Recent comments

  • Should A National Park Ranger Countermand a Parent?   5 years 22 weeks ago

    ok, sounds like people are assuming too much. who said the child was scared, most like likely lazy. a teen doesn't get scared as easily as a little child. a teen rebels and does what he/she wants. the ranger overstepped his bounds. parenting is up to the parent. we may not all agree with how a child is raised, but no one has the authority to tell the parent how to do it. if the child did not want to go to school on friday, would the ranger come and say, "no, she doesn't have to go?" in reality, she doesn't have to. she should and it's up to the parent to make sure she does, but missing a day isn't a big deal and there is no dire consequence, if she doesn't. a parent, is the parent, and should be allowed to parent, without someone overstepping their bounds. i say leave the child with the ranger and let the ranger babysit...

  • Should A National Park Ranger Countermand a Parent?   5 years 22 weeks ago

    Before reading the end of the article, I felt the ranger was within his rights to step in. It was his area to protect, both the site and the public. I agree that he could have been put in a position of rescue.

  • Should A National Park Ranger Countermand a Parent?   5 years 22 weeks ago

    Imagine if that parent was trying to make the child ascend the last part of the climb at Zion's Angel's Landing? Obviously no one should be "made" to do that hike; and in general, everyone has to decide for themselves what their own abilities are.

  • Should A National Park Ranger Countermand a Parent?   5 years 22 weeks ago

    The ranger was wrong. The ranger has no idea the whole story behind the parental command. Neither do any of us. Without knowing the whole story, the authority has to go to the parent. By countermanding the parent, the ranger also assumed full responsibility for this minor until the parent returned. That is not right. The ranger should be reprimanded.

  • Should A National Park Ranger Countermand a Parent?   5 years 22 weeks ago

    Let me clarify my remark made before this remark. If the mother had struck the girl across the face because she did not want to go up the stairs, what should the Ranger have done? In this case, it sounds like the girl must have been terrified of going up the stairs. If so, the mother was being just as mean and hateful by wanting to make her child go up the stairs. Most people have a phobia that never goes away. If the mother thought this was a way of making her daughter overcome her fear, she herself needs to go get some counseling. A teen-ager has enough to face without a mother pushing her greatest fear in her face. Thank you, Ranger.

  • Should A National Park Ranger Countermand a Parent?   5 years 22 weeks ago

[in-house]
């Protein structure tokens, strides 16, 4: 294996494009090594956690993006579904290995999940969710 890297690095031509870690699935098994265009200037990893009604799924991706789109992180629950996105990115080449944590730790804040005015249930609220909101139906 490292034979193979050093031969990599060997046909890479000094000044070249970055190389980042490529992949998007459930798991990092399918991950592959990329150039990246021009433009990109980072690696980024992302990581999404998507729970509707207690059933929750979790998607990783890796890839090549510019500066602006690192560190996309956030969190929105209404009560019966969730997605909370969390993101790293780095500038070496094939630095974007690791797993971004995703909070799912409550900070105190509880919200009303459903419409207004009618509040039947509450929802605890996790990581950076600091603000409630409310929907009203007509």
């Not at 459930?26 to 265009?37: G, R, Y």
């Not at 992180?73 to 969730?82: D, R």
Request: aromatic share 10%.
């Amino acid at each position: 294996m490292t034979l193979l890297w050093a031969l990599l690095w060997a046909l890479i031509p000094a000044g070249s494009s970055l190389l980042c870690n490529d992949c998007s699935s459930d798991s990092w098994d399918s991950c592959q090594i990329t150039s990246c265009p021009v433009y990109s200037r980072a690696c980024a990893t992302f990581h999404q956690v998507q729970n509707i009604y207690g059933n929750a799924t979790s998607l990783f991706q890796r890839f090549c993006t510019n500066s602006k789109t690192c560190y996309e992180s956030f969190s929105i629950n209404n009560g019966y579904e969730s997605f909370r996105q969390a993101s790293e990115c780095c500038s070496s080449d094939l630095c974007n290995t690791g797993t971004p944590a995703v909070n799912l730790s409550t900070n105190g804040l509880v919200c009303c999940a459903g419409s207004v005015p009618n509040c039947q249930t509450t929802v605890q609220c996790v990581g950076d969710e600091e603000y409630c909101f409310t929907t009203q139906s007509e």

The Ranger was correct.

  • Should A National Park Ranger Countermand a Parent?   5 years 22 weeks ago

    I disagree most likely the teen was just rebelling against the parent, if there was no danger then the ranger should of stayed out of it. After working with teens for the last ten years, I got to say that the majority of parents know their teens and should be obeyed.

  • Should A National Park Ranger Countermand a Parent?   5 years 22 weeks ago

    I think the ranger was right only from the perspective that those stairs are his responsibility and jurisdiction. The child could, due to her fear, endanger herself, the ranger or others on the tour.

  • Should A National Park Ranger Countermand a Parent?   5 years 22 weeks ago

    Hooray for the ranger! I'm sure the teen felt like she had already been rescued at the bottom of the steps.

  • Should A National Park Ranger Countermand a Parent?   5 years 22 weeks ago

    I think the ranger was right! why put that child in a situation that was scary and unpredictable feeling to the child! I would have done the same if I was there.

  • Search Under Way For Missing Backpackers in Kings Canyon National Park   5 years 22 weeks ago

    "The Last Season" was one of my favorite reads! I have read several others ("Angels In The Wilderness", "Missing In The Minarets', "Shattered Air", "Into The Wild", "Sunk Without A Sound", "Death In The Grizzly Maze" just to name a few) and I thoroughly enjoyed Mr Blehm's story of Back Country Ranger, Randy Morgenson!

  • Pruning the Parks: Castle Pinckney National Monument (1933-1956)   5 years 22 weeks ago

    Does anyone have a photograph or photographs of the lighthouse or the lighthouse keepers who served at the lighthouse?
    We'd love to publish them to help preserve the history.
    Tim Harrison
    Lighthouse Digest Magazine
    P.O. Box 250
    East Machias, ME 04630

  • Should A National Park Ranger Countermand a Parent?   5 years 22 weeks ago

    The ranger was doing his job, the girl felt the steps were dangerous and the ranger operated within his authority by not letting the girl climb the steps. It’s a fine line between what a ranger can and cannot do with regards to the child/parent relationship, however in this case the ranger was correct.

  • New USGS Study Says We Have Good Reason to Worry About Giant Snakes Loose in America   5 years 22 weeks ago

    What is the best way to kill them? Blow dart to what part of body? Do they attack if you don't kill them? What do they taste like? Could they get into your house or would they look for swimming pools like the 'gators did in severe drought?
    Could we get a law passed that a zoo could only have one sex in case disaster lets them out of zoo. I only live a few miles from Ft. Worth Zoo Herpetarium!

    Good story , as usual! Thank you.

  • Wolf Biologist Killed In Plane Crash in Denali National Park, Pilot Survived   5 years 22 weeks ago

    THANK YOU FOR YOUR KIND WORD I AM GORDONS GOD DAUGHTER AND HIS NIECE, WE ARE TORN APART BUT WE ARE ALL TOGEATHER, HIS SISTER MY MOM AND MY GRANDMA HIS MOM IS HAVEING A HARD TIME. WE ARE A CLOSE FAMILY WE LOST SOMEONE SO SPECIAL TO US, THANK YOU FOR YOUR KIND WORDS.
    CHERYL A. RICHARDSON STUART, FLORIDA

  • Free "Leave No Trace" Video Offers Tips on Low Impact Outdoor Travel   5 years 23 weeks ago